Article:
Other costs and specific mortgage fees will depend on where the home you are buying is located and the type of loan you get.

9).  Changing jobs or having income gaps

In order to qualify for a mortgage, you need to show stable job history and consistent income. Your lender will scrutinize your income and employment history over the last two years to determine whether you have that stability.

If you’ve been in between jobs in the past two years, be prepared to explain why.  If you’re looking to take a new job before closing on your mortgage, be strategic because it may delay your loan approval. Communicate potential job changes to your lender and be prepared tp supply any additional documentation they may request.  

10).  Applying for credit or charging up credit before closing

One important home buying mistake you want to avoid is taking on more debt in the middle of the mortgage lending process. This misstep can quickly derail your loan approval. It’s recommended that borrowers not take on any new debt or apply for a credit card until after closing on their new home. The loan underwriting department at the bank may be checking your credit after you’re approved and before the bank funds your loan.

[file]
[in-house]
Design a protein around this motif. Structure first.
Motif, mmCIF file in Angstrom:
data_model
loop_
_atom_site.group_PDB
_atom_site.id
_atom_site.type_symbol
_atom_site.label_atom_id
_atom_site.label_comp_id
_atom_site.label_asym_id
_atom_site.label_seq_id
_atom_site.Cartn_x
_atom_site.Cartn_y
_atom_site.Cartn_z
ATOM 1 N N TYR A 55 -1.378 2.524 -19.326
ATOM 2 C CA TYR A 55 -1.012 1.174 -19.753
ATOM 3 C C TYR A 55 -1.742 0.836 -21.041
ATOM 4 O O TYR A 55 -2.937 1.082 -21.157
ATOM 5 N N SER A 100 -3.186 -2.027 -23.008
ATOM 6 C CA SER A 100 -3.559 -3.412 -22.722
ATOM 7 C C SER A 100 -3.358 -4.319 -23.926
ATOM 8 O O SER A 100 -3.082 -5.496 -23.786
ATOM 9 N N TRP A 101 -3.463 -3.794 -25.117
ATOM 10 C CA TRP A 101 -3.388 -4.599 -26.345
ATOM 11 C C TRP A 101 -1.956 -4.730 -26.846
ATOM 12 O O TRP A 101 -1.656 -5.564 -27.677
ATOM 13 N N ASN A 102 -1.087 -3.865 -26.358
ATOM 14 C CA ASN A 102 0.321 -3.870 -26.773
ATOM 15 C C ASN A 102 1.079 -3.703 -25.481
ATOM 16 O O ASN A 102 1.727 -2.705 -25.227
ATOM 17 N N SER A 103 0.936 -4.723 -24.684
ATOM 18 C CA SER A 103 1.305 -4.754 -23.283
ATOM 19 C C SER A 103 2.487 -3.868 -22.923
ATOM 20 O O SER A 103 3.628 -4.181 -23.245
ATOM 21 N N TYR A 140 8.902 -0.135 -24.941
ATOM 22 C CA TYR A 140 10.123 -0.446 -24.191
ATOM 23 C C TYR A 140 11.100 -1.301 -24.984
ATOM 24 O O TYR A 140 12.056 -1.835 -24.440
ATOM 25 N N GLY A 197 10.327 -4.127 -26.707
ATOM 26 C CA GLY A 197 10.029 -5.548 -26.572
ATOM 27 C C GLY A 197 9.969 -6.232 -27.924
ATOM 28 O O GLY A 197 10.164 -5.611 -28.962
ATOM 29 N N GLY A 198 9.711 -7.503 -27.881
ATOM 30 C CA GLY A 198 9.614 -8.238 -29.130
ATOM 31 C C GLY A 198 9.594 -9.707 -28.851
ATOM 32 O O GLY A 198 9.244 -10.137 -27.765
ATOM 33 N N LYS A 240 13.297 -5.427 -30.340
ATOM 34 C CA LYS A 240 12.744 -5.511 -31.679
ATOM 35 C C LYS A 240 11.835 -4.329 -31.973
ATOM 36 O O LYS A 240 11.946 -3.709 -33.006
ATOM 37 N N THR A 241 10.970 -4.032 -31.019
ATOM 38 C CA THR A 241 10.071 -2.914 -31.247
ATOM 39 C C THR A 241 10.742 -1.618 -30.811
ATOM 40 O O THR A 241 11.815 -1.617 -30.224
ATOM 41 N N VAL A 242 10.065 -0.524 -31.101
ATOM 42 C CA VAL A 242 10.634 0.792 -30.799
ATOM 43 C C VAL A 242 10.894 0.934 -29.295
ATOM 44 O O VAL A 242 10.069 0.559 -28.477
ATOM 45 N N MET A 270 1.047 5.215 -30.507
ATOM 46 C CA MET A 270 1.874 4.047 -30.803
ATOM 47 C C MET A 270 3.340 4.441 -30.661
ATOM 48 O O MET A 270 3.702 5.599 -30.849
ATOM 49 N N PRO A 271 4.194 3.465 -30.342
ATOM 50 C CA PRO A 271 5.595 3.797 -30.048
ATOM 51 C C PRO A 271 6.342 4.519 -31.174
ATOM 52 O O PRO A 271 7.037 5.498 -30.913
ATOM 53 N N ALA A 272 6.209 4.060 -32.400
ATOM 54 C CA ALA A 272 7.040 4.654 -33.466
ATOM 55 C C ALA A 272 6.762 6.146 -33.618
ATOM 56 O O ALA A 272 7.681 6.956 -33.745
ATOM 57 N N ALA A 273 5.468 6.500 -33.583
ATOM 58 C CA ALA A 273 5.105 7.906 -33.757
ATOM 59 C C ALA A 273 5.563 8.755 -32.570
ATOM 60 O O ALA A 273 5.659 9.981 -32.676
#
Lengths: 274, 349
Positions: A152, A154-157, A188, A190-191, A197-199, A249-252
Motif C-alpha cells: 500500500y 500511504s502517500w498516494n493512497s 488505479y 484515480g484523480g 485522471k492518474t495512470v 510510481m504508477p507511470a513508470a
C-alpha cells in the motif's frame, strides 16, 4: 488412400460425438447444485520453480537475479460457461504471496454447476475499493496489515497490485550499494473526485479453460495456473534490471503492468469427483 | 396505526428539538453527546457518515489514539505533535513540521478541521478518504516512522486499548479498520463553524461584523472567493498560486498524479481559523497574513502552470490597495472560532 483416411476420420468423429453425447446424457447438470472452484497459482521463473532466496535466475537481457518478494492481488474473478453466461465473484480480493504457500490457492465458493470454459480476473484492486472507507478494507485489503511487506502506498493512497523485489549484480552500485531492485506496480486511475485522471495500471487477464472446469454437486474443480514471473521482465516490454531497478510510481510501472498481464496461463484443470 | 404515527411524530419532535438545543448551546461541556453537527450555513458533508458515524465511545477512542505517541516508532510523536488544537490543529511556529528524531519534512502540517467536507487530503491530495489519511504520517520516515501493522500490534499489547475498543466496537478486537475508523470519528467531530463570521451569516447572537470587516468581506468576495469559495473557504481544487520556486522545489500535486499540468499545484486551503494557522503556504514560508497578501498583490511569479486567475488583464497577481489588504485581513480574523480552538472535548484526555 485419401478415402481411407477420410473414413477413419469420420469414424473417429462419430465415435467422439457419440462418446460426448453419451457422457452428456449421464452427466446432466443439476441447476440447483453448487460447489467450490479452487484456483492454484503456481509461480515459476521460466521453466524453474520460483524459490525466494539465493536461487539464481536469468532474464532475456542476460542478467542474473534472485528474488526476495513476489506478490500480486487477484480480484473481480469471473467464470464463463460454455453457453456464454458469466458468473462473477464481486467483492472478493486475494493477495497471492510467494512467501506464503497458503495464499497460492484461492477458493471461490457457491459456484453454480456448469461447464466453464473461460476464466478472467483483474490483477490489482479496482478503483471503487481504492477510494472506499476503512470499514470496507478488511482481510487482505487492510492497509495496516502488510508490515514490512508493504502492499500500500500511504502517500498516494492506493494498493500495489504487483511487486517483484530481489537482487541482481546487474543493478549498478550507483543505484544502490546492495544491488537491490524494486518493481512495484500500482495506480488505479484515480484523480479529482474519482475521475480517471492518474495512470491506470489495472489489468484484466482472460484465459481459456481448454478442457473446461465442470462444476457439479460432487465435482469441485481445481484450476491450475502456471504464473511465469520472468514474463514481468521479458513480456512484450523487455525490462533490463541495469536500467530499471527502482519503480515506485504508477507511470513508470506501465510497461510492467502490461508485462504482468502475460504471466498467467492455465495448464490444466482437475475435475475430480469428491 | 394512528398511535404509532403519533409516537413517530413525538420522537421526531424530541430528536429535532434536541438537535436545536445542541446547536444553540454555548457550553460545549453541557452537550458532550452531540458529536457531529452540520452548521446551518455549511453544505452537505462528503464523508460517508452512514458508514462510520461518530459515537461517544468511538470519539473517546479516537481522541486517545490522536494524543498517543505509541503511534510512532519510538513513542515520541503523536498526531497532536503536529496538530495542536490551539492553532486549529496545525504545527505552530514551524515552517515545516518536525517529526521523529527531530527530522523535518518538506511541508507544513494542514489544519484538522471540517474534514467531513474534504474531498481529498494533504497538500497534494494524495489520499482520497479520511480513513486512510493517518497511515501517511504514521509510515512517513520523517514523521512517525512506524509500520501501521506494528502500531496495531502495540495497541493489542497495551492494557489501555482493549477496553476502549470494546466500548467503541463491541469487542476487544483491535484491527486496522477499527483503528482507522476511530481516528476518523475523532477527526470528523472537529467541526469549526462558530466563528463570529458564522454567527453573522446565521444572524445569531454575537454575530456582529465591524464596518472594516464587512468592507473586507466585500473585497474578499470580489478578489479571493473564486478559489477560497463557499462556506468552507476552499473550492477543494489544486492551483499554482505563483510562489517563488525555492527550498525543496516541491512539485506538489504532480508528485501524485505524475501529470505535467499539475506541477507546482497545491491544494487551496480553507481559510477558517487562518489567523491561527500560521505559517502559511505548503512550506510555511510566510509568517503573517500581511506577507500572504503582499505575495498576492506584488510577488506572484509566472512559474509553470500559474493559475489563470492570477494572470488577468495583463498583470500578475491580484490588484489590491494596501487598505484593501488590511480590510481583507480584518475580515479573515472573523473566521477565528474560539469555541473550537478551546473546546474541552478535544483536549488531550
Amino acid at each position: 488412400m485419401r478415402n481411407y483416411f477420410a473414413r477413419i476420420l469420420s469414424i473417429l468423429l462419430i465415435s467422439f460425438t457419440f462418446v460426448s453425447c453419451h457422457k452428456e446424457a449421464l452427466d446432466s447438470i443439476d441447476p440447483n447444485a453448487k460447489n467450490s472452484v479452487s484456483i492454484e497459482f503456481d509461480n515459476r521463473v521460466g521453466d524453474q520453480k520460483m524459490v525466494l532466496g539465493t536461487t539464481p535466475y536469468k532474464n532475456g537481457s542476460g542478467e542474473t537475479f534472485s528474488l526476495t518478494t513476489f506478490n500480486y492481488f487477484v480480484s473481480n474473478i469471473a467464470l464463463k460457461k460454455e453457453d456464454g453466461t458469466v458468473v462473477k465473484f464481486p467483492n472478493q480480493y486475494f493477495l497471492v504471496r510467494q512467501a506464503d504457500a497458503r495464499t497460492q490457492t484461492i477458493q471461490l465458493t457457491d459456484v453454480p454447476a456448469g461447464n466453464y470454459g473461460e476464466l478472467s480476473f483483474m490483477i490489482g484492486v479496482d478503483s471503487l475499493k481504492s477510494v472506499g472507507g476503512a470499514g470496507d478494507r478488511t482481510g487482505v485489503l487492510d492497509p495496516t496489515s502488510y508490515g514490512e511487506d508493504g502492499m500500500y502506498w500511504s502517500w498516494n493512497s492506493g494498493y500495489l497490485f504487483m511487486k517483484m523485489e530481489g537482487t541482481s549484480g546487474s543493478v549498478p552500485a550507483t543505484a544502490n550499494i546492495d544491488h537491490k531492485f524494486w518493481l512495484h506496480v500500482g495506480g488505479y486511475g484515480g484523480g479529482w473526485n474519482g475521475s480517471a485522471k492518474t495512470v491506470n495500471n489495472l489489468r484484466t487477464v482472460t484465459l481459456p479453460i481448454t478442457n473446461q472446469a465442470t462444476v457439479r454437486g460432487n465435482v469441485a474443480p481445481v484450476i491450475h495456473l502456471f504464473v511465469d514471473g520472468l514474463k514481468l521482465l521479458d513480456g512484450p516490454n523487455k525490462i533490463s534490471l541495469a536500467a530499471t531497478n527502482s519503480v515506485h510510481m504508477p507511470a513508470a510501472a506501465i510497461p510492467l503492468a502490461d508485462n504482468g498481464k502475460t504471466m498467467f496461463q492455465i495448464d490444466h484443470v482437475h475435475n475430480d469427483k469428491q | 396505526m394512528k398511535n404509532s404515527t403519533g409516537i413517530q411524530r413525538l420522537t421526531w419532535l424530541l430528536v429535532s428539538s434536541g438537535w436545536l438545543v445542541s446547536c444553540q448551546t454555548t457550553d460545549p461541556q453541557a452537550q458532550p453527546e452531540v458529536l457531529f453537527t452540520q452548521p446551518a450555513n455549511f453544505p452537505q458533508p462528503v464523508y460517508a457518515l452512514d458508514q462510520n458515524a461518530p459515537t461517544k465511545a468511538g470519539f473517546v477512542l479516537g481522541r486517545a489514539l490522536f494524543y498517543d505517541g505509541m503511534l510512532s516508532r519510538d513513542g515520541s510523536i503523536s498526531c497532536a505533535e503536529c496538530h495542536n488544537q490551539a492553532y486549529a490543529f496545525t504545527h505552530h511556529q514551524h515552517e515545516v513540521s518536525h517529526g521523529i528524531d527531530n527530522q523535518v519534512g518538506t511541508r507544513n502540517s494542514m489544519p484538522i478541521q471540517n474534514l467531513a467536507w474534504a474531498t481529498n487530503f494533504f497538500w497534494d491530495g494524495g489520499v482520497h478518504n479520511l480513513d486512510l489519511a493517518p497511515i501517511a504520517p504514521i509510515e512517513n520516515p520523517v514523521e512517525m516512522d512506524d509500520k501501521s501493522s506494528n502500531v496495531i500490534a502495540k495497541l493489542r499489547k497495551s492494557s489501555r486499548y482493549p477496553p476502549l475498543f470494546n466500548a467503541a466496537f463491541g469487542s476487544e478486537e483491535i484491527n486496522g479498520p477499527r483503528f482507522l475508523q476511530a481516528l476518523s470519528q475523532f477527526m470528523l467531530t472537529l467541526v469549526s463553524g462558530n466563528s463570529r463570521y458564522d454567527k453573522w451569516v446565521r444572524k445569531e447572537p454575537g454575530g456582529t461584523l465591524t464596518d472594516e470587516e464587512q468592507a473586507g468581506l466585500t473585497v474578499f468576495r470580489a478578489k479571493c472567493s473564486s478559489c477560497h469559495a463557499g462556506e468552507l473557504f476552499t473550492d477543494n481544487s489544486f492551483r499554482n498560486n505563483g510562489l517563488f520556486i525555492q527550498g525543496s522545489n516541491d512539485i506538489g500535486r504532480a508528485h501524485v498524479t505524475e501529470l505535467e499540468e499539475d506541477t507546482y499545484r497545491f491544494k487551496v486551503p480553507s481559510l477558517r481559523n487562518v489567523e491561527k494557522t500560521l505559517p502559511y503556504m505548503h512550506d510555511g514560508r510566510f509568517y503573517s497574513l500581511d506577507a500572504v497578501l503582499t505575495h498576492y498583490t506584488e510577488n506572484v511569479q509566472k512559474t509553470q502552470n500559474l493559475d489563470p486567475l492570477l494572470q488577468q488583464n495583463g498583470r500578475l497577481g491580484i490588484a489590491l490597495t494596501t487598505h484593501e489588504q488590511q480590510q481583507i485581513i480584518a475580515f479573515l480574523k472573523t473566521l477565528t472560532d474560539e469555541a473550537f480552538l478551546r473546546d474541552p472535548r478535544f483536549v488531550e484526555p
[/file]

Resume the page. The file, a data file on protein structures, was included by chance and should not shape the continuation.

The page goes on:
If you max out your credit card or take out an auto loan before your closing, that debt is factored into your mortgage application. More debt pushes up your debt-to-income (DTI) ratio, or the percentage of your gross monthly income used to repay debt. If your DTI ratio exceeds the maximum ratio for your loan program, your loan may not be approved.

Partner with Award-winning Farmington Hills MI REALTOR® – Tom Gilliam   

Tom Gilliam is proud to be a trusted REALTOR® in Farmington Hills MI for the past 20 years – offering his guidance and expertise to buyers and sellers. Tom is able to provide his clients with the kind of knowledge, skills, commitment, and expertise they need and deserve. He also understands that buying or selling a home is a significant financial and life decision and that you are looking for someone you can trust. Tom will protect your interests, advocate for you, negotiate on your behalf, and go the extra mile to ensure a smooth transaction and the best results possible!

If you or someone you know is interested in buying or selling Farmington Hills MI real estate, feel free to reach out to Tom Gilliam directly at (248) 790-5594 or you can get in touch here.

Tom Gilliam, REALTOR®
RE/MAX Classic
29630 Orchard Lake Rd.
Farmington Hills 48334
Direct: 248-790-5594
Office: 248-737-6800
Email: Tom @ Homes2MoveYou.com
License #314578 

 

Pin It on Pinterest